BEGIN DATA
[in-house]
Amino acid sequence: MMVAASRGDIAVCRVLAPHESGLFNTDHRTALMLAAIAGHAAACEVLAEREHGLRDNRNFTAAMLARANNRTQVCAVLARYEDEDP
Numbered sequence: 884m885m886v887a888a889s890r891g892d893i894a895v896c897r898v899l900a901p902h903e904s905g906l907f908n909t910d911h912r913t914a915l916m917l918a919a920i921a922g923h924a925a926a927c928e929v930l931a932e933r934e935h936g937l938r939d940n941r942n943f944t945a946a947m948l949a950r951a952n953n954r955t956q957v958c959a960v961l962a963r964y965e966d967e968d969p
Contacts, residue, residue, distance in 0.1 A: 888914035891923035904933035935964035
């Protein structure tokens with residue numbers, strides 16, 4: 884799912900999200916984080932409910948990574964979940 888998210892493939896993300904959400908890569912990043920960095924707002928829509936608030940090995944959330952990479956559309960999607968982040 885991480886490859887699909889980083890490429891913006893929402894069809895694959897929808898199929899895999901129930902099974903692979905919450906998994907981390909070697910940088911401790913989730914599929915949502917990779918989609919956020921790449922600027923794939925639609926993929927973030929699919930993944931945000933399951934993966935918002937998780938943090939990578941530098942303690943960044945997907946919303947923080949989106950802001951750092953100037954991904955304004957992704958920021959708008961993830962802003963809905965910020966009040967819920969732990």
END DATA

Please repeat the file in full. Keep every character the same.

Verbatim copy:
[in-house]
Amino acid sequence: MMVAASRGDIAVCRVLAPHESGLFNTDHRTALMLAAIAGHAAACEVLAEREHGLRDNRNFTAAMLARANNRTQVCAVLARYEDEDP
Numbered sequence: 884m885m886v887a888a889s890r891g892d893i894a895v896c897r898v899l900a901p902h903e904s905g906l907f908n909t910d911h912r913t914a915l916m917l918a919a920i921a922g923h924a925a926a927c928e929v930l931a932e933r934e935h936g937l938r939d940n941r942n943f944t945a946a947m948l949a950r951a952n953n954r955t956q957v958c959a960v961l962a963r964y965e966d967e968d969p
Contacts, residue, residue, distance in 0.1 A: 888914035891923035904933035935964035
């Protein structure tokens with residue numbers, strides 16, 4: 884799912900999200916984080932409910948990574964979940 888998210892493939896993300904959400908890569912990043920960095924707002928829509936608030940090995944959330952990479956559309960999607968982040 885991480886490859887699909889980083890490429891913006893929402894069809895694959897929808898199929899895999901129930902099974903692979905919450906998994907981390909070697910940088911401790913989730914599929915949502917990779918989609919956020921790449922600027923794939925639609926993929927973030929699919930993944931945000933399951934993966935918002937998780938943090939990578941530098942303690943960044945997907946919303947923080949989106950802001951750092953100037954991904955304004957992704958920021959708008961993830962802003963809905965910020966009040967819920969732990």